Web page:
Mount Kazbek

Mount Kazbek, Caucasus

The raw and majestic mountain chain of the Caucasus or Large Caucasus is divided into three parts - West Caucasus - from the Black Sea to Mount Elbrus, central Caucasus – from Elbrus peak to Kazbek, and East Caucasus, which stretches from Kazbek to the Caspian Sea.

Along with the highest in Russia and Europe Mount Elbrus (5642 m), another handsome mountain is Mount Kazbek, rising to 5047 m altitude. Above 3300 meters the slopes of Kazbek are covered with eternal snow. It passes through the top Russian-Georgian border. Routes of varying complexity enjoy great popularity among both mountaineers and tourists.

Kazbek is one of the most beautiful and highest peaks in the Caucasus. It is located in the eastern part of the Central Caucasus, in Georgia, near the border with Russia. Its Georgian name is Kazbek Mkinvartsveri, which translates literally as "Mountain ice peak" and has the Ossetian name Urshhoh, which means "White Mountain".

Mount Kazbek

Kazbek is celebrated not only as a valuable natural resource and mountain, but also as an important historical area. From 1979, the Kazbek region was designated a national park because of its valuable beech forests, subalpine forests and alpine meadows. Many plants and animals in the reserve are endemic to the Caucasus region.

The first ascent of Kazbek was done in 1868 by a group led by the famous British mountaineer and adventurer Douglas William Freshfield, which is one of the most prominent and most active members of the Royal Geographical Society, one of the founders and most zealous propagandists of Alpine virtues of the Caucasus. The other players in his team are Adolphus W. Moore, Comyns C. Tucker and the Swiss guide Francois Devouassud.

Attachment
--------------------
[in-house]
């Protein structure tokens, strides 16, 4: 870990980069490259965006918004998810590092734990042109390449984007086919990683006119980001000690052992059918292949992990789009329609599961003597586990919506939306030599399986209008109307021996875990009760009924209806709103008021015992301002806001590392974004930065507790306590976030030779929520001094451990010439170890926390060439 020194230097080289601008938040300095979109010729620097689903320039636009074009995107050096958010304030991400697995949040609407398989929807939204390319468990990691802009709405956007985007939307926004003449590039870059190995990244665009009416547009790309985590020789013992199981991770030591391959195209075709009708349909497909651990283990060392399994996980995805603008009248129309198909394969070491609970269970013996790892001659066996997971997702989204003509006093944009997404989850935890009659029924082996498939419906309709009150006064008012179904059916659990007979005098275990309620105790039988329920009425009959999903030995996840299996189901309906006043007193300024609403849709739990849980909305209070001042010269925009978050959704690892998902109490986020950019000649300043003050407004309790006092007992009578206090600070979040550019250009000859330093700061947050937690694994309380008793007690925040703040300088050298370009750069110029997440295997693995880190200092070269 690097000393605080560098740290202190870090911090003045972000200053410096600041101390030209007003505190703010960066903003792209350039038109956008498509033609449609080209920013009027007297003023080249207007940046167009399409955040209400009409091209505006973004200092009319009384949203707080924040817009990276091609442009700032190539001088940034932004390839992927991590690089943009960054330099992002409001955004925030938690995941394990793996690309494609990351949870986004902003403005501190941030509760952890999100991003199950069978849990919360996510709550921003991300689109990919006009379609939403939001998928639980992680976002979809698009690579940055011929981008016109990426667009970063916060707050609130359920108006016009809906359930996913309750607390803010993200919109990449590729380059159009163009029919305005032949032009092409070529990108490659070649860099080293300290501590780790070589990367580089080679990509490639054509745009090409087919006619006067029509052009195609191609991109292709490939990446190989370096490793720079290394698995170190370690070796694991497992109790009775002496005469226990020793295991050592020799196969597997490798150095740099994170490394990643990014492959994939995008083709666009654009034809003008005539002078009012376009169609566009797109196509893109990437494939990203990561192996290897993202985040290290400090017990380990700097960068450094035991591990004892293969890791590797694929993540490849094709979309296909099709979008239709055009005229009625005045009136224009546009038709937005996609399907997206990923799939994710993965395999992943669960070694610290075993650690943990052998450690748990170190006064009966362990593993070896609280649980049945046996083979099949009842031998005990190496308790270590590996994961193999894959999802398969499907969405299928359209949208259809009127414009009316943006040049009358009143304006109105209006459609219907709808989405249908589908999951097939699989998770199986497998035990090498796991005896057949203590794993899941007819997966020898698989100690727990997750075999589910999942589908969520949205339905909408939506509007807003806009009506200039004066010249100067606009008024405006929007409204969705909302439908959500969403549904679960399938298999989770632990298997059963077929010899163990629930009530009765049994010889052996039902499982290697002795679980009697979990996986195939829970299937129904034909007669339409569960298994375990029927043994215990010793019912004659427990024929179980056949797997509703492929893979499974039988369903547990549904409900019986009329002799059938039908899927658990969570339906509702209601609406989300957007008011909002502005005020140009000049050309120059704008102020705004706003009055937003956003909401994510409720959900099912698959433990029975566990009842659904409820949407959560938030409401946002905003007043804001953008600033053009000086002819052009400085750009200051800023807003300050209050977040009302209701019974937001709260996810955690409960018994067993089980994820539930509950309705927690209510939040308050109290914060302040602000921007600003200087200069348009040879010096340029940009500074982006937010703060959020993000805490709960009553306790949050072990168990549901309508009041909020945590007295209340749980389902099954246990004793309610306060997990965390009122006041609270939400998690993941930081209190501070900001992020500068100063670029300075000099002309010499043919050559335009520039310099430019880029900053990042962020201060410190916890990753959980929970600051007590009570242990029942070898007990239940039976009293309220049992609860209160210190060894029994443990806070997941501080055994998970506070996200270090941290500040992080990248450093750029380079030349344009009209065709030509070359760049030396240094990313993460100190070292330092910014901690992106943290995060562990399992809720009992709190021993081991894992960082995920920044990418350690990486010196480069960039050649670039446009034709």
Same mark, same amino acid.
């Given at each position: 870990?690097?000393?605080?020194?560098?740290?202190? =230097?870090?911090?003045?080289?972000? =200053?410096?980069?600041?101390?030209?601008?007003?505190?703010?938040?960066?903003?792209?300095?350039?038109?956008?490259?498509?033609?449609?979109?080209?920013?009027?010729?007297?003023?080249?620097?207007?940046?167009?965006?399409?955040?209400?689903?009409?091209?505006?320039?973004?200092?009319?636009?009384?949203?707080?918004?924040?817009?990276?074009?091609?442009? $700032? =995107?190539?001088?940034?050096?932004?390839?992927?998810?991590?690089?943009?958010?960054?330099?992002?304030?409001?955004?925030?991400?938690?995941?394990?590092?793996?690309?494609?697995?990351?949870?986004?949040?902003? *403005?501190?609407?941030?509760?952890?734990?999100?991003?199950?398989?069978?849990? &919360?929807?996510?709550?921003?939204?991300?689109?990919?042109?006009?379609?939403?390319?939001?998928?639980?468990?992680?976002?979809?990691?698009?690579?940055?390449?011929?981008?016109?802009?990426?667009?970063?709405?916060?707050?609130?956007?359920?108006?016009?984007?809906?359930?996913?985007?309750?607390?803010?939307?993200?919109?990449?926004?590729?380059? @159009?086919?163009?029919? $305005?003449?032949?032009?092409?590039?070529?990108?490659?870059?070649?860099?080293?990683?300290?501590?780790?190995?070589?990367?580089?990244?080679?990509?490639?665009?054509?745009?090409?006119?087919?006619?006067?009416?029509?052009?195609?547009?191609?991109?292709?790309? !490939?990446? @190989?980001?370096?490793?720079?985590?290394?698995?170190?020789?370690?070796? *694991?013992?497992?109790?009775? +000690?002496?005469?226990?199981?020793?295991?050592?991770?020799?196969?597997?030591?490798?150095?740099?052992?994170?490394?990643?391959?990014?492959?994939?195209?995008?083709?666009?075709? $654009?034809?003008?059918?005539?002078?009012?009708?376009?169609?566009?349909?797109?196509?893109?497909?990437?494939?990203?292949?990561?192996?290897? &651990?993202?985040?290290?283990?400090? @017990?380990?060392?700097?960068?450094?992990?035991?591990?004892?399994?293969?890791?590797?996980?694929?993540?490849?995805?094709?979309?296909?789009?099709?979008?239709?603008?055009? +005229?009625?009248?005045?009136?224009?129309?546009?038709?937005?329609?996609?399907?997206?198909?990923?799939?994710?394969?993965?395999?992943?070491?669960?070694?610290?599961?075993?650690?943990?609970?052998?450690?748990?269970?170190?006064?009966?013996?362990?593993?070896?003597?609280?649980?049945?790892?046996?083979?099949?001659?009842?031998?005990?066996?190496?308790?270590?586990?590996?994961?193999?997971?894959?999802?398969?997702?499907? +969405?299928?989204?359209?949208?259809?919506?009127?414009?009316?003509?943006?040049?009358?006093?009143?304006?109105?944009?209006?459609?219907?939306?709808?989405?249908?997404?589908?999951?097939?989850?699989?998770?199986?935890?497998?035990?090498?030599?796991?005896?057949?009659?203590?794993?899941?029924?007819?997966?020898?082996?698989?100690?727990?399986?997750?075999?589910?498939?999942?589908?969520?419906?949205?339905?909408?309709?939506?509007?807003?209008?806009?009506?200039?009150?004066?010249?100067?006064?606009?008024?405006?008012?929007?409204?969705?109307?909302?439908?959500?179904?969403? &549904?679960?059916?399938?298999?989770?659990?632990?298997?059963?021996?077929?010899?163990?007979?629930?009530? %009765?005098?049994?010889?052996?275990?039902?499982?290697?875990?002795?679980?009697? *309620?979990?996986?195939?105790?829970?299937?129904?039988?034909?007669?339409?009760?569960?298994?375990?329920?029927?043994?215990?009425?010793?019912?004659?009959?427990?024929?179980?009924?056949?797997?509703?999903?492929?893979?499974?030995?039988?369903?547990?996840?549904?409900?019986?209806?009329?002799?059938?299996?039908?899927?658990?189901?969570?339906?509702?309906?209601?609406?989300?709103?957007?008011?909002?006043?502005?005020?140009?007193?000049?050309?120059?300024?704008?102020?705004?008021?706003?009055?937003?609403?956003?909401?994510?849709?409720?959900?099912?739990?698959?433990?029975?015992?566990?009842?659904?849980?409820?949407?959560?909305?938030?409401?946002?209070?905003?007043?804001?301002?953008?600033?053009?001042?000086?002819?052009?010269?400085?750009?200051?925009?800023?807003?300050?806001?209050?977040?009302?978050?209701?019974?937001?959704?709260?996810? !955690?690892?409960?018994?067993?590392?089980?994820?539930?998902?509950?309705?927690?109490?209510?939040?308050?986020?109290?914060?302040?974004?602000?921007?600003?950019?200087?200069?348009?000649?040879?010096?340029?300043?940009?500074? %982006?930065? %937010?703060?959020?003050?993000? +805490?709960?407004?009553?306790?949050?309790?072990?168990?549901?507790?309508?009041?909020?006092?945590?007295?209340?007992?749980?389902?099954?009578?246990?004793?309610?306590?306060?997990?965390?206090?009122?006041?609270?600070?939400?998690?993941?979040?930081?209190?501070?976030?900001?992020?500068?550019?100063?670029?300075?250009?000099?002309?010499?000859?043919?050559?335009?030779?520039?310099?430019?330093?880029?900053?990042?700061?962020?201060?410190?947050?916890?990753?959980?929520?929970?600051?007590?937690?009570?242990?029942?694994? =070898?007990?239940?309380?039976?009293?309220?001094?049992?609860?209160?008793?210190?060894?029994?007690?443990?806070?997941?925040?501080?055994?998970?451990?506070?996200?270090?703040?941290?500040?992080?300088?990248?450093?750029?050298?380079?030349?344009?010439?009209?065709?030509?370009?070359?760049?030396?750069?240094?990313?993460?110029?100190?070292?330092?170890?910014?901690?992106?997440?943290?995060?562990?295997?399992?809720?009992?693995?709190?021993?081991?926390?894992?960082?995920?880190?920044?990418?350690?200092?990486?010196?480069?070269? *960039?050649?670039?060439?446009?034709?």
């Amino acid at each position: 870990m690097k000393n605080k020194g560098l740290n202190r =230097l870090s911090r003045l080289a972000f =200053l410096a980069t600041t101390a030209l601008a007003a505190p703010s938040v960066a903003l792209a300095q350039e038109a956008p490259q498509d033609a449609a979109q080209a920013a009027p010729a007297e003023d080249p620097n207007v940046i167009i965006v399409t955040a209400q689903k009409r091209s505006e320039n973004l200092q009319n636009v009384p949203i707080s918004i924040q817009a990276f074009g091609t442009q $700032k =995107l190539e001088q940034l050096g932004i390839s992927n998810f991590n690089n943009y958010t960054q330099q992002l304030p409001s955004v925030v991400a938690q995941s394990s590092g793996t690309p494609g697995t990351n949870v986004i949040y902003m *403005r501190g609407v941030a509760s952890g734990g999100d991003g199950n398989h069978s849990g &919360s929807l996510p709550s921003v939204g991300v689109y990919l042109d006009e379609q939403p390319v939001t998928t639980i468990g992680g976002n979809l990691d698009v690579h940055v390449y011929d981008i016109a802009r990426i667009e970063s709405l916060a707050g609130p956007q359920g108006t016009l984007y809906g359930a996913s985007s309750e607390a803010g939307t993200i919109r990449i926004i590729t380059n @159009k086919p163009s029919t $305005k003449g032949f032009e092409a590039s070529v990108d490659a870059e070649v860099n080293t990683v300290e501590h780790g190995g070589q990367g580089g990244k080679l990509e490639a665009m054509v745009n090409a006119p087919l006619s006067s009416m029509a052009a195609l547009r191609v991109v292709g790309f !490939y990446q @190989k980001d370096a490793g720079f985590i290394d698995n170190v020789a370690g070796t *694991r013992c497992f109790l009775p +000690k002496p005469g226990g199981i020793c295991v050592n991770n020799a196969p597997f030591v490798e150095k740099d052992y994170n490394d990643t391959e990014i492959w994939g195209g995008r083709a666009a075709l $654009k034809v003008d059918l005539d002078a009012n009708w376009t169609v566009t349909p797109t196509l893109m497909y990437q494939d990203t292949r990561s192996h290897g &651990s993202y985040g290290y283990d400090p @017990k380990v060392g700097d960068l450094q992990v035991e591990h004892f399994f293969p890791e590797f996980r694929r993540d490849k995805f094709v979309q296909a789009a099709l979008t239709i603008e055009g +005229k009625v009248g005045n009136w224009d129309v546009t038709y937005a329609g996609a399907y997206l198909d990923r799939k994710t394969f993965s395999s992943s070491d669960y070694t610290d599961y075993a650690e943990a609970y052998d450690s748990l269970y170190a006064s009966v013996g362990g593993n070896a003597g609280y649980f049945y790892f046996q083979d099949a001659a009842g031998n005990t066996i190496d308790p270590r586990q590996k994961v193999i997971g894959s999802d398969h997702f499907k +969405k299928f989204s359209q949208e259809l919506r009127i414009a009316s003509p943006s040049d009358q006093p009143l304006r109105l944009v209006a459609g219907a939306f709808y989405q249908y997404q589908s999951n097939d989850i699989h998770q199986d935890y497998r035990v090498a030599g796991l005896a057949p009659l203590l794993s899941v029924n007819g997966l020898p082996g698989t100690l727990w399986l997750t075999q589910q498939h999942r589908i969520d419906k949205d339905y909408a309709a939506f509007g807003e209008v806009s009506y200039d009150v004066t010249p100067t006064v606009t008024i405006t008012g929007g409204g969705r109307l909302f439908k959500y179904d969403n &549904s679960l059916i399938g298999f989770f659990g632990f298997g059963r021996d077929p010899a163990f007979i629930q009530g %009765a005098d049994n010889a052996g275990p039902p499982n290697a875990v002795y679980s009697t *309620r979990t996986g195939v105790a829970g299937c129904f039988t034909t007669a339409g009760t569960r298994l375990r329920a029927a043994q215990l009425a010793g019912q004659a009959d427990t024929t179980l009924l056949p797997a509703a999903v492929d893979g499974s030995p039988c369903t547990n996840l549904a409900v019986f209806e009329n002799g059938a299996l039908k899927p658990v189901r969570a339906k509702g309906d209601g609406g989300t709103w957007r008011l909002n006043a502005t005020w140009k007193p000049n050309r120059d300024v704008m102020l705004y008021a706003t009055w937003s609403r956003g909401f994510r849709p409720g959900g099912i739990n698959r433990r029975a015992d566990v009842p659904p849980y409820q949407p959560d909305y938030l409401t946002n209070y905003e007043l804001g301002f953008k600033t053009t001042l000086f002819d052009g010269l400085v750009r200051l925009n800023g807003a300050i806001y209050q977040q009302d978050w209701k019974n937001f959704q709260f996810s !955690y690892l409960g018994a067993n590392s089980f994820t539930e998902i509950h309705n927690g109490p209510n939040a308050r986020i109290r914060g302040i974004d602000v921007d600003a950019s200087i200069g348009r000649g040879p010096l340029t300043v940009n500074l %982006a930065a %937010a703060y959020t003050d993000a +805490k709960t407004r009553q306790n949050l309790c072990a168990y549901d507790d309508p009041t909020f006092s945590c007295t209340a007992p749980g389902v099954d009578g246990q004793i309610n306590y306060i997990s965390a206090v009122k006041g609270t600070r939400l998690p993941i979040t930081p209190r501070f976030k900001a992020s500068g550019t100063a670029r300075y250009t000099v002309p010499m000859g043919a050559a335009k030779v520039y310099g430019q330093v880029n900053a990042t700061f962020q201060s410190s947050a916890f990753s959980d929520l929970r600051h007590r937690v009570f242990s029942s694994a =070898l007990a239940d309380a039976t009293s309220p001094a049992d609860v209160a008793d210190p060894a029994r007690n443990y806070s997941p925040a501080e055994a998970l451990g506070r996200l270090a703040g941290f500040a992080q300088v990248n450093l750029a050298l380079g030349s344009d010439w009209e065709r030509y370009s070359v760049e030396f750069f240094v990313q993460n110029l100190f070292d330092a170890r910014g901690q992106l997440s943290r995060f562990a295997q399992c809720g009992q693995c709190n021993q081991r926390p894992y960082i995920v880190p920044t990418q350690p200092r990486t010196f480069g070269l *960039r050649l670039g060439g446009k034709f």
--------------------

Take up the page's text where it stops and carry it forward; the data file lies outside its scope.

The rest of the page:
The group draws for the first time in the Caucasus region and reaches the East Elbrus, thinking that they were the first people to climb it. In the popular book "The Exploration of the Caucasus", Freshfield details this journey: "extraordinary concentration of great ice peaks from one to the other end of the horizon and all unconquered! This is something radically different from the already well-known Alps. "

Russian surveyor Andrey Vasilievich Pastuhov (1860-1899) was the first researcher who came to do geological and meteorological research in Kazbek. This was in 1889 and his Ossetian leader displays their flag on top of Kazbek. It was said that in good weather this flag can be seen from Vladikavkaz, which is today the capital of the Republic of North Ossetia - Alanya, which in turn is part of the Russian Federation.

A large number of legends float around beautiful Kazbek, which probably are associated with many unique historical monuments that are located in the area. One of them is aimed about 3800 m high, on top of a 80-meter cliff – the ancient cave monastery of Bethlehem. According to some old writings, the monastery was the repository of a sacred and religious treasure.

The story tells how St. Joseph, following God's will, climbs to the monastery and gave King Heraclius a piece of the tent of the Old Testament patriarch Abraham, considered the father of the Jews and Arabs. In distant ages, monks reached the monastery, climbing on a metal chain. On the slopes of Kazbek, on the side of Daryyalskoe ushtelye at 3600 m is a meteorological observatory, part of which is used as a hut.

Another legend tells of a local version of Prometheus, called Amirani. Amirani stole fire from the gods to give it to people and as a sign of anger, they chained him to the rocks of Kazbek. A Dragon, seeing Amira, descended to deal with character him. However, it petrified and so came about the Dragon Rocks. This landmark is located at 4800 m height and recreate a giant horseshoe shape with a length of 1 km.



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